Number of jobs held by baby boomers, 1978–2008
September 24, 2010
Individuals born in the latter years of the baby boom held an average of 11 jobs from age 18 to age 44, with the majority of the jobs being held before age 27. These baby boomers (who were born in the years 1957 to 1964) held an average of 4.4 jobs while they were between the ages of 18 and 22.
The average number of jobs fell to 3.2 while these persons were ages 23 to 27 and to 2.6 while they were ages 28 to 32. These individuals held an average of 2.4 jobs while they were ages 33 to 38 and 2.0 jobs while they were ages 39 to 44.
On average, men held 11.4 jobs and women held 10.7 jobs from age 18 to age 44. Men held 4.5 jobs from age 18 to age 22, compared with 2.0 jobs from age 39 to age 44. The reduction in the average number of jobs held in successive age groups was similar for women.
From age 18 to age 44, whites held more jobs than blacks or Hispanics or Latinos, although the difference is concentrated among 18- to 22-year-olds. On average, whites held 4.6 jobs between the ages of 18 and 22, while blacks held 3.5 jobs and Hispanics or Latinos held 4.0 jobs. From age 23 to age 44, there was no significant difference in the average number of jobs held by whites and the average number of jobs held by blacks or Hispanics or Latinos.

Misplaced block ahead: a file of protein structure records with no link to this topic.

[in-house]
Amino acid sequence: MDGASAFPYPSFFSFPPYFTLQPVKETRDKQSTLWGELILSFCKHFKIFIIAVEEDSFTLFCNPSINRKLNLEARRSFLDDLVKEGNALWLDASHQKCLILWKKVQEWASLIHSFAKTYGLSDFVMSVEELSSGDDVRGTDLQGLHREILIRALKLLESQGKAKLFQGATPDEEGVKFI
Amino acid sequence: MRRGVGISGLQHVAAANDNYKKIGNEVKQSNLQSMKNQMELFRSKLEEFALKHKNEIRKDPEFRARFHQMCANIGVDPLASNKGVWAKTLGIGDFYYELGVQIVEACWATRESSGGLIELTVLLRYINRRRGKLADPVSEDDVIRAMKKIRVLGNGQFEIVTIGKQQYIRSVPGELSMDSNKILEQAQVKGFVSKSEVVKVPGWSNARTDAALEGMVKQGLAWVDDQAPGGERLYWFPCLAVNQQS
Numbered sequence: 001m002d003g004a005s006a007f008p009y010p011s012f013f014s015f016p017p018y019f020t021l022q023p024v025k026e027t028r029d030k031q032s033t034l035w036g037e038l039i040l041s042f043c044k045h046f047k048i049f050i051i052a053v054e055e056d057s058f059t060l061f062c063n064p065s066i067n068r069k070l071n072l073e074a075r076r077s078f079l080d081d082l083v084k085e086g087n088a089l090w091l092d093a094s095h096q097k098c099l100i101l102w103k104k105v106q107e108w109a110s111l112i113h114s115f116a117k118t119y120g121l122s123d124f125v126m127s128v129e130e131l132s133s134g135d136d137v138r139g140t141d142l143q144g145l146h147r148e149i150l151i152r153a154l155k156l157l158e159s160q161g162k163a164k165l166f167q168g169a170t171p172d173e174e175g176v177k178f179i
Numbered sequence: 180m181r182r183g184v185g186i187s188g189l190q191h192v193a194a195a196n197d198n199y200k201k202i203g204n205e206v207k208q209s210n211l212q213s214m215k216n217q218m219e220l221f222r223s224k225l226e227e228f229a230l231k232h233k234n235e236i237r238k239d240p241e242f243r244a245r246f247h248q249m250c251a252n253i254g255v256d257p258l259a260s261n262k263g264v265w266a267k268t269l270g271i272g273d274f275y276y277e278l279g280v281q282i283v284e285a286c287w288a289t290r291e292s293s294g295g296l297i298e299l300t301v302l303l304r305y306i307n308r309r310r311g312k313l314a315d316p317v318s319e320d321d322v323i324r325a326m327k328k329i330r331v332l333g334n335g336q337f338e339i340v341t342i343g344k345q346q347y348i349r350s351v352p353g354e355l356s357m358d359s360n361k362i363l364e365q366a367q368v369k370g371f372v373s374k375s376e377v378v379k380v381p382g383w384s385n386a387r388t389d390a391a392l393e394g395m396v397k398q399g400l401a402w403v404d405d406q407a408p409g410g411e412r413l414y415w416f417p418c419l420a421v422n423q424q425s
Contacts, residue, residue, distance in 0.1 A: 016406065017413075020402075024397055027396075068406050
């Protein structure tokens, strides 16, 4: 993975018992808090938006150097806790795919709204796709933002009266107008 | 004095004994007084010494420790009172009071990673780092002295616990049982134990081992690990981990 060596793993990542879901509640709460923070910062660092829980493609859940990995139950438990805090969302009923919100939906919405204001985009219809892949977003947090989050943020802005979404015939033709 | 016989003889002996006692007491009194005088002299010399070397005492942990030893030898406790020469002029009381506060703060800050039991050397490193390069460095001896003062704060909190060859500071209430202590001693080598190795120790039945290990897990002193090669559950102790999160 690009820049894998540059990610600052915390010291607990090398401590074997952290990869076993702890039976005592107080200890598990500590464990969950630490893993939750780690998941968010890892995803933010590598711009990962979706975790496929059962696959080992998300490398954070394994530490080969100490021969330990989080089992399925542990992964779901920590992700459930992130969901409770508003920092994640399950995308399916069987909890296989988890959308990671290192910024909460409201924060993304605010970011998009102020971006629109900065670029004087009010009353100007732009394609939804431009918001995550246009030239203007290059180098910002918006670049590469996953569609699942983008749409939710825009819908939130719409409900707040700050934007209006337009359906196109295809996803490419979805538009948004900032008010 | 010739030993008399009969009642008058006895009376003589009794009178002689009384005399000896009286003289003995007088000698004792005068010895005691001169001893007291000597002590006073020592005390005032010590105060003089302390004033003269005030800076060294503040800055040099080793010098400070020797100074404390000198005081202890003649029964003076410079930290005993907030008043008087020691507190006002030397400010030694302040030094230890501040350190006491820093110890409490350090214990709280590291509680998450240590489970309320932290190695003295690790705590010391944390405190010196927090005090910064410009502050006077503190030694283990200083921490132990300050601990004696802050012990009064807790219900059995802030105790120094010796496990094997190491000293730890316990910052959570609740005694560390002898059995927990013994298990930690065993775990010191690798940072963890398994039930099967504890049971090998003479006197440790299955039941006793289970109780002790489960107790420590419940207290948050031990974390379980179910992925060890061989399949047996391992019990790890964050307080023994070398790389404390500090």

These data are from the BLS National Longitudinal Surveys. To learn more, see "Number of Jobs Held, Labor Market Activity, and Earnings Growth among the Youngest Baby Boomers: Results from a Longitudinal Survey" (HTML) (PDF), news release USDL-10-1243. Note that jobs that were held in more than one of the age categories were counted in each appropriate category, but only once in the total.
Bureau of Labor Statistics, U.S. Department of Labor, The Economics Daily, Number of jobs held by baby boomers, 1978–2008 on the Internet at https://www.bls.gov/opub/ted/2010/ted_20100924.htm (visited July 21, 2017).
Recent editions of Spotlight on Statistics
Employer-sponsored healthcare coverage across wage groups
A look at the relationship between employee wages and access to, participation in, and costs of employer-sponsored medical, dental, and vision care benefit plans.
Sports and Exercise
A look at participation and time spent in sports and exercise activities.
Women at Work
A look at women's labor force participation and earnings, how women spend their time and money, the nature of fatal work injuries, and labor force projections for the future.
STEM occupations: past, present, and future
A look at employment and wages in science, technology, engineering, and mathematics occupations.